Chances are you’ve heard this comment before. Especially if you’re homeschooling, or planning on homeschooling. If you poke your head into a homeschooling group and ask a question about academics for your preschooler, odds are you’re going to hear this a lot. And with good reason: studies say that kids learn best in a play-based environment until they’re older.
But what do you do if you have a toddler who is bored with the “letter of the week” preschool things you’ve tried? What should you do if your child absolutely loves workbooks? How about when your child is already reading – and there are practically no age-appropriate books out there for reading toddlers?
It’s tough. The parenting experts tell you to “follow your child’s lead,” but they don’t usually expect that to mean doing serious math at 3, or starting reading at 2. There are very few good parenting books on how to deal with the 2-year-old tantrums and facilitate reading at the same time. It’s an asynchronous mess!
What is play-based learning anyway?
Here’s the thing: play-based learning doesn’t mean “just play,” although kids do need a huge amount of free play. Play-based learning means that they learn through games, pretend play, and child-led exploration. What you chose to do with that is entirely up to you. If kiddo loves doing flashcards, then do flashcards. Every flash card you can find that they like. (note: doing flashcards will not make your child gifted. And a ton of kids think they’re horribly boring.)
If your child wants to read, then look up book lists for curriculums like level 0 Build Your Library or the level K Torchlight Curriculum. These include a lot of great, age-appropriate, fun books for your kids to read alone without you worrying they’re spawning nightmares over something they might see.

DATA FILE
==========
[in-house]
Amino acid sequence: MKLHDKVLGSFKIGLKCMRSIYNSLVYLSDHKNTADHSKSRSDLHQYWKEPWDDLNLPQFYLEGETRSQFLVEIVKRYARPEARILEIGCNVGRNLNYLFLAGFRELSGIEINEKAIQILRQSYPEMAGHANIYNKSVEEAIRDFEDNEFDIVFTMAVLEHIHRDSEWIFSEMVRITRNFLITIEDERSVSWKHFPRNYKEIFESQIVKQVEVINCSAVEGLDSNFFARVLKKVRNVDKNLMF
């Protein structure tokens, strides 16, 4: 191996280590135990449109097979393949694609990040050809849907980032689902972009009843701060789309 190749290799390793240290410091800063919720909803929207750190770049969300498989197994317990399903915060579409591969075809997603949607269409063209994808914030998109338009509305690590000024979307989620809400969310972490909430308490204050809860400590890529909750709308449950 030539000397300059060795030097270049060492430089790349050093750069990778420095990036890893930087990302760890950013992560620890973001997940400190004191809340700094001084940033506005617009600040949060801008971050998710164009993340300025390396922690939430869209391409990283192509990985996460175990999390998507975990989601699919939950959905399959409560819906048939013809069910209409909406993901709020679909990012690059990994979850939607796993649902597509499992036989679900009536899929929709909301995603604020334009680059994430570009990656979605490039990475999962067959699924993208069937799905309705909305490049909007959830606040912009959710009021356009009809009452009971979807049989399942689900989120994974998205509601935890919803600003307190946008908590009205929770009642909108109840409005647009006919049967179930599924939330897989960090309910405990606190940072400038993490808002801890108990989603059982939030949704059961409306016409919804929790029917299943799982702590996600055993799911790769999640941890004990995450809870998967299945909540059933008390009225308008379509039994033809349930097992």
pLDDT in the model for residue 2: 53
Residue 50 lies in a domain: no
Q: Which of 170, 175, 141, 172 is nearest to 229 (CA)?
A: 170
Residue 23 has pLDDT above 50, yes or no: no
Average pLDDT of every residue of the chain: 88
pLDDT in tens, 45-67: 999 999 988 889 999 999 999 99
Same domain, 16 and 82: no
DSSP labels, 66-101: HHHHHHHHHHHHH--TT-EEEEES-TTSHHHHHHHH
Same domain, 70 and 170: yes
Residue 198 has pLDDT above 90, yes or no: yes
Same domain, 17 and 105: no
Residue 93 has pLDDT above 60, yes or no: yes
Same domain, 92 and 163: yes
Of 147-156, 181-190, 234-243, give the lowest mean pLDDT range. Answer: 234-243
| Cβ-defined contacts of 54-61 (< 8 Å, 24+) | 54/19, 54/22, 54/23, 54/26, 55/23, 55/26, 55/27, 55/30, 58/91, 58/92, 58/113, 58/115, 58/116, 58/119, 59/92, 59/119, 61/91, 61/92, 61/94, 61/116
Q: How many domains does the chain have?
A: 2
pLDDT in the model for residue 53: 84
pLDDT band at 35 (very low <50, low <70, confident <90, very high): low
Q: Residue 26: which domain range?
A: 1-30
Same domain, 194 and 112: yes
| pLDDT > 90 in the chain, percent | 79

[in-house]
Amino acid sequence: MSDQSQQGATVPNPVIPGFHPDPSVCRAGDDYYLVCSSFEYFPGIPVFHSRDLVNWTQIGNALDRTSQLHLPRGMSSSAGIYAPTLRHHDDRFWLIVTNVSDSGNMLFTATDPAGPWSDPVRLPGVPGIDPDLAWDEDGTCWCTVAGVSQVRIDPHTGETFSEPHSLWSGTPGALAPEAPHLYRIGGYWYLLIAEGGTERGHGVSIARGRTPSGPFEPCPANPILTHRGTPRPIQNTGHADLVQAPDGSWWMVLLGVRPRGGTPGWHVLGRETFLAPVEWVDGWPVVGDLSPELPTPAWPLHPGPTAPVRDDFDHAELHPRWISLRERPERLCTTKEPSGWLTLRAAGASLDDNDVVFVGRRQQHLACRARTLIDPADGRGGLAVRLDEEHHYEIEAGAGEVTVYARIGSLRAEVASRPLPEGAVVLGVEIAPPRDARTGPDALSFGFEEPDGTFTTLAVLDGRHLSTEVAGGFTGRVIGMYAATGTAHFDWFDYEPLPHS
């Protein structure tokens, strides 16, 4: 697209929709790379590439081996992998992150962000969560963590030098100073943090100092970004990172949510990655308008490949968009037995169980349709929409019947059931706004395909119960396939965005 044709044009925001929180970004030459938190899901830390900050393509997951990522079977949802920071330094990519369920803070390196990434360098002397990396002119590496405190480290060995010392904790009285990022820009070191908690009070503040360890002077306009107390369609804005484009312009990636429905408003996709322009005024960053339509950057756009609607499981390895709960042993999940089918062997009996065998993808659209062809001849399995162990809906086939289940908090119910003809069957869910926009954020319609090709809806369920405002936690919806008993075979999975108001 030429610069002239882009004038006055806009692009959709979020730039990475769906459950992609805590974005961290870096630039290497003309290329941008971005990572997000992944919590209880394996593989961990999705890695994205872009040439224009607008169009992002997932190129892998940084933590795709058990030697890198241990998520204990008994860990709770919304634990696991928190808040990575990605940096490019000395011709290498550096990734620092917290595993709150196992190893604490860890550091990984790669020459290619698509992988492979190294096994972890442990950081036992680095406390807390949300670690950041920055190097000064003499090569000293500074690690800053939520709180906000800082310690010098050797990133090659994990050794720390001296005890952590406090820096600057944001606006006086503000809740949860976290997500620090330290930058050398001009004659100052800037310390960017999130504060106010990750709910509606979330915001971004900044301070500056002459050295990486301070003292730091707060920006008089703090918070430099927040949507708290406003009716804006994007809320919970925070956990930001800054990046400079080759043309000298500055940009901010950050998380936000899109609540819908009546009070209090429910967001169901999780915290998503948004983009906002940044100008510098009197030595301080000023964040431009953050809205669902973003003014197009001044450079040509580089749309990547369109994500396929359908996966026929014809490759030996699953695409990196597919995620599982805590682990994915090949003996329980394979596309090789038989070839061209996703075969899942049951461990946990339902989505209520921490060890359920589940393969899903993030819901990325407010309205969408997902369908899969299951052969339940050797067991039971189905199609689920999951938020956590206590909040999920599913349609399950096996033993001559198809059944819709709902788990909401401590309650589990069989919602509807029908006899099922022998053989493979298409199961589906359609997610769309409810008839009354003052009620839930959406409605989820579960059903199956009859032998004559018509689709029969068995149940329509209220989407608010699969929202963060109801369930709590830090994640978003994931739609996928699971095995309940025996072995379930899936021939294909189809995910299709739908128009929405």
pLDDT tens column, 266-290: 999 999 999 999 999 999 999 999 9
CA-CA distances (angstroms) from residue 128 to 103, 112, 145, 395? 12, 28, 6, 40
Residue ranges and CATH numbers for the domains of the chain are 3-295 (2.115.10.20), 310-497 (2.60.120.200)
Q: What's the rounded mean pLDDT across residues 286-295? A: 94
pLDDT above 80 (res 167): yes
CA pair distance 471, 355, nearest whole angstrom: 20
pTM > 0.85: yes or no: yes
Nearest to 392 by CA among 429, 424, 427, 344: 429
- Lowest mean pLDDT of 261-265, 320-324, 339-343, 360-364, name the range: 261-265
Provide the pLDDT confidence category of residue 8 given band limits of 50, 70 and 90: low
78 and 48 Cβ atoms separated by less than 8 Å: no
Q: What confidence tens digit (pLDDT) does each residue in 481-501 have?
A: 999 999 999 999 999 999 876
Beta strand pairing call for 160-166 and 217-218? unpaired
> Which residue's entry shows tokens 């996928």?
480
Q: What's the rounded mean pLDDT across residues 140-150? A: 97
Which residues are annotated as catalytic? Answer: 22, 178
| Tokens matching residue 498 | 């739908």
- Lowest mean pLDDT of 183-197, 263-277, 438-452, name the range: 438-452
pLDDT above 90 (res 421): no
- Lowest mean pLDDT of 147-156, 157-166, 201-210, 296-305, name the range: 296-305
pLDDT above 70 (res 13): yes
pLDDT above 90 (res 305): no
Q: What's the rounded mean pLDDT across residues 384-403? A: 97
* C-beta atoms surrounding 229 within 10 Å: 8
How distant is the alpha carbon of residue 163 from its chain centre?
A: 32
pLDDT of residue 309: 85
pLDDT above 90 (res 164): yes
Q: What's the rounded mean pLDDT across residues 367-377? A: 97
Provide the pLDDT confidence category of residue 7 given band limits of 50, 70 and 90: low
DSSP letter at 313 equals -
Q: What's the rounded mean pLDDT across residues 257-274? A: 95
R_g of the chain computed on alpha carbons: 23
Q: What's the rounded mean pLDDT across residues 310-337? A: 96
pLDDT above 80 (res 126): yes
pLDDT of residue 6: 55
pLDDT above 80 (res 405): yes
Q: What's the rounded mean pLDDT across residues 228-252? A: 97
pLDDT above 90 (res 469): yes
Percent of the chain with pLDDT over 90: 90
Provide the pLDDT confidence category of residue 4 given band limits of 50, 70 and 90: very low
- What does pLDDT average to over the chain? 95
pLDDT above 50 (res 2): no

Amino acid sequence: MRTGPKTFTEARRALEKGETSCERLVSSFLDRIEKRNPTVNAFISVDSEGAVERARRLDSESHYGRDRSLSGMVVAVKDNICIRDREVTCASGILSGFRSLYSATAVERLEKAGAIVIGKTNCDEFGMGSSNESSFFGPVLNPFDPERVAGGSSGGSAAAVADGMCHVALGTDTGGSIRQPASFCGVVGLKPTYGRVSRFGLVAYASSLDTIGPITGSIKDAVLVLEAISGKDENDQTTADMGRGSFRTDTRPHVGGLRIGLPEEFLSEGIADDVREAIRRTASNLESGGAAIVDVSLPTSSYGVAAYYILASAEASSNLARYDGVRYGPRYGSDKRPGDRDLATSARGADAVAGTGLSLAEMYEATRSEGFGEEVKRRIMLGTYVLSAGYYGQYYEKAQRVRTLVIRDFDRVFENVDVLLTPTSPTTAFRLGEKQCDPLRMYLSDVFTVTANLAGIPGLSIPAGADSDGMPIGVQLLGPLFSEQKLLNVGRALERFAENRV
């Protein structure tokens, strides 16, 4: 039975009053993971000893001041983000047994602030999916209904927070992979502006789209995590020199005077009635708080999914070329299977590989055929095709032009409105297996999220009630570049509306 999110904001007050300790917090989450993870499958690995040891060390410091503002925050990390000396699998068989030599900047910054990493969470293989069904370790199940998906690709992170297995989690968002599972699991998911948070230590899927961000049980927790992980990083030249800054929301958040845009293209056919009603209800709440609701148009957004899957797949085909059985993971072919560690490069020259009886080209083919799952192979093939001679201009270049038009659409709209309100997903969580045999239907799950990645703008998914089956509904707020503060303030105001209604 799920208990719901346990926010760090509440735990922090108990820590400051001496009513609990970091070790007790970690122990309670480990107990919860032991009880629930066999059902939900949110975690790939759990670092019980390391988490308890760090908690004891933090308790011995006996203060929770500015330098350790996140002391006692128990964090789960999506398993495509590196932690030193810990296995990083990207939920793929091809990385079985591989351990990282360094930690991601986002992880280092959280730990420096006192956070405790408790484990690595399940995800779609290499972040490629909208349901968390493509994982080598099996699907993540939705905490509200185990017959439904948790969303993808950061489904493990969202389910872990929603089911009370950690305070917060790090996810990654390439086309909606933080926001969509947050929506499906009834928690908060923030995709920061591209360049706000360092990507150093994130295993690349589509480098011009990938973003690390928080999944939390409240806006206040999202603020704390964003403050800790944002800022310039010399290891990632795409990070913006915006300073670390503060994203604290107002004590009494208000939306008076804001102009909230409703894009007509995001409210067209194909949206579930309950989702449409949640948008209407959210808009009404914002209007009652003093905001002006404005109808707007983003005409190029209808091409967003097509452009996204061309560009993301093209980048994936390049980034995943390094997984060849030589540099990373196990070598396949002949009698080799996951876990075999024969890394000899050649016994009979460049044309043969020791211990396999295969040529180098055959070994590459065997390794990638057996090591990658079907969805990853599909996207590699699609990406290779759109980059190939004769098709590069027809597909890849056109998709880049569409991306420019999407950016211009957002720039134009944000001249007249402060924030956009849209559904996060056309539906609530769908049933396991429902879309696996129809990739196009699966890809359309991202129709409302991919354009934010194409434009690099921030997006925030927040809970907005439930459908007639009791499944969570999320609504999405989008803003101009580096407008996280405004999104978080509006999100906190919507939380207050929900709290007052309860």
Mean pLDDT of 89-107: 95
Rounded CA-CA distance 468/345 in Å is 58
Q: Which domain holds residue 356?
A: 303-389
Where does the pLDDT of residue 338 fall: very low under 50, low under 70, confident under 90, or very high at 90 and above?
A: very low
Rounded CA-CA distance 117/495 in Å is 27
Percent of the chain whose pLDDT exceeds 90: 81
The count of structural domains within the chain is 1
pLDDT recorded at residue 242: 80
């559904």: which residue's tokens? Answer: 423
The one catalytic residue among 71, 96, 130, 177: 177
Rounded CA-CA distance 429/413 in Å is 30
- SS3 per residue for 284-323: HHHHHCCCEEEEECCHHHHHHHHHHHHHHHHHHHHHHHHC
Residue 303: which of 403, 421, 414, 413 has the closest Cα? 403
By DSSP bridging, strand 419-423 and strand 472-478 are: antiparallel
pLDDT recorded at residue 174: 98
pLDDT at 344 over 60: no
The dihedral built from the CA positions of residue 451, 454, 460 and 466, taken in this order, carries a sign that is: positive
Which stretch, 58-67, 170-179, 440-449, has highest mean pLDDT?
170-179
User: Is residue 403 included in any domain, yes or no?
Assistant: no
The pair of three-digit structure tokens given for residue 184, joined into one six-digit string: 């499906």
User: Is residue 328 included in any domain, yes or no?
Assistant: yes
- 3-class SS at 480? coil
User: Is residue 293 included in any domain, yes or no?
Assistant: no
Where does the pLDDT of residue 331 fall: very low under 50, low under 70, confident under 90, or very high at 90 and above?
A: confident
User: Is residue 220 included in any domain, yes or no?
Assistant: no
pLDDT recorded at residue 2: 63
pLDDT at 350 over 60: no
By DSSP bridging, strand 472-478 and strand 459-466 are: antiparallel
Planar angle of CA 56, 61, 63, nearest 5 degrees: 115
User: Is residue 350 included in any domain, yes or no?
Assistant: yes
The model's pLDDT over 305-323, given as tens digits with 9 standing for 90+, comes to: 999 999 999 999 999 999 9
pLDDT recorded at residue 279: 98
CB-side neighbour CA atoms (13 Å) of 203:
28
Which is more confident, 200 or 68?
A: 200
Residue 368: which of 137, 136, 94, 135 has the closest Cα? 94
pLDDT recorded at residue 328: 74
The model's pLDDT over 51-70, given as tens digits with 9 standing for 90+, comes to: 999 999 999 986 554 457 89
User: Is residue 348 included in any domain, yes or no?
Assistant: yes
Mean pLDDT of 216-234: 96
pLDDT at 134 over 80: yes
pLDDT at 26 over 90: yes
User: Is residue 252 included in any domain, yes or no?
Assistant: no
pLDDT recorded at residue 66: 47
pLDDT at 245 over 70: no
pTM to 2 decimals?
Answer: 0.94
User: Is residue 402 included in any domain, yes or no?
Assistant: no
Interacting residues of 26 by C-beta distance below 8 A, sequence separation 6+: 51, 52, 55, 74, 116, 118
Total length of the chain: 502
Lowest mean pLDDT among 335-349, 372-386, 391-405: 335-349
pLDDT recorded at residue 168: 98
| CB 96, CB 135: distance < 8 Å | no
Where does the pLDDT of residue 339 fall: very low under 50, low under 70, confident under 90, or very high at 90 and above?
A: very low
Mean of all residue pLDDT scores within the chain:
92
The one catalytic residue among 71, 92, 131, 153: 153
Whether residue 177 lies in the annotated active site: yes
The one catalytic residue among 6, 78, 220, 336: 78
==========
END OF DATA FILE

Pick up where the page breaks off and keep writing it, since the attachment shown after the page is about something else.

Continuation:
If your child is an insatiable black hole of curiosity, let them do the messy experiments and trial and error their way through a problem. Challenge your child to build a bridge with blocks, or a staircase with Duplos (it’s harder than you think!)
Play-based learning for us involves a ton of educational toys, cards, pictures, tools or machines, or hands-on experimenting. It’s more than just zooming cars around the house or creating a puppet show – it’s an environment that promotes learning.
Balance it out
As with everything else in parenting, balance is key. It’s not developmentally appropriate for a toddler to grasp a pencil tightly and sit still for long periods of time, no matter how much they love doing workbooks. Their bodies still need to move.
In fact, giftedness is so intertwined with other issues like sensory and anxiety that giving your toddler a sensory-rich environment is critical to their development. If they want to learn letters, shape the letters out of play dough. Trace them in sand (or sugar, it’s easier to clean up.) Give them games to play that involve body movements and hopping, running, skipping, and jumping.